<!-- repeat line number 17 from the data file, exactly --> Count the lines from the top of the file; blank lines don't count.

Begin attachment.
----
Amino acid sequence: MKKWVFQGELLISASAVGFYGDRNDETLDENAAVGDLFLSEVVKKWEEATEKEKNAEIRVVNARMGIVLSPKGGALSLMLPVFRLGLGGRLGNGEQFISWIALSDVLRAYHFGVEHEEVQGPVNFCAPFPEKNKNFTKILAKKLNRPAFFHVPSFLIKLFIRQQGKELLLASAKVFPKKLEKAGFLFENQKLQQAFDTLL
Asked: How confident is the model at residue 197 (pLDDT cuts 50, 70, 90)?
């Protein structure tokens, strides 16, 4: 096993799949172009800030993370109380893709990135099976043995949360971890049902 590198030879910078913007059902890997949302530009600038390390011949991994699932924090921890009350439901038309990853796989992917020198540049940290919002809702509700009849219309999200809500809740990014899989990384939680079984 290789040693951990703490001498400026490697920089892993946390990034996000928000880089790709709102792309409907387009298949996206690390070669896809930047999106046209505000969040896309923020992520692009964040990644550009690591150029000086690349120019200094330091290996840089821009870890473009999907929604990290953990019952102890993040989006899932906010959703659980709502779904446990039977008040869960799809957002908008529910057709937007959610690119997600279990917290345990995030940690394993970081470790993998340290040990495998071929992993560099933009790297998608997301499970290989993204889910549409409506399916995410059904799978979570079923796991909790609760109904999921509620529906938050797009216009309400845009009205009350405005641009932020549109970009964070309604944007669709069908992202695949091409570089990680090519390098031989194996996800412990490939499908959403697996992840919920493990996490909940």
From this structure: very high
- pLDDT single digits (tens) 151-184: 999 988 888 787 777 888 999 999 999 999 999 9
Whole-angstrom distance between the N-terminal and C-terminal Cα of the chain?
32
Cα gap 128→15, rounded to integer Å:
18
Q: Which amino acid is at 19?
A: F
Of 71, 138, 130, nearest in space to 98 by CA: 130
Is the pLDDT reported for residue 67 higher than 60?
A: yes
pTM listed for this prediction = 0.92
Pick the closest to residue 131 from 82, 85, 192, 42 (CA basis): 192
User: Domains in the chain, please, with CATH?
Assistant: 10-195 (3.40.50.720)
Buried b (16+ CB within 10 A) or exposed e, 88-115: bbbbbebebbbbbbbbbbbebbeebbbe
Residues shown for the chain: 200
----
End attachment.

User: Domains in the chain, please, with CATH?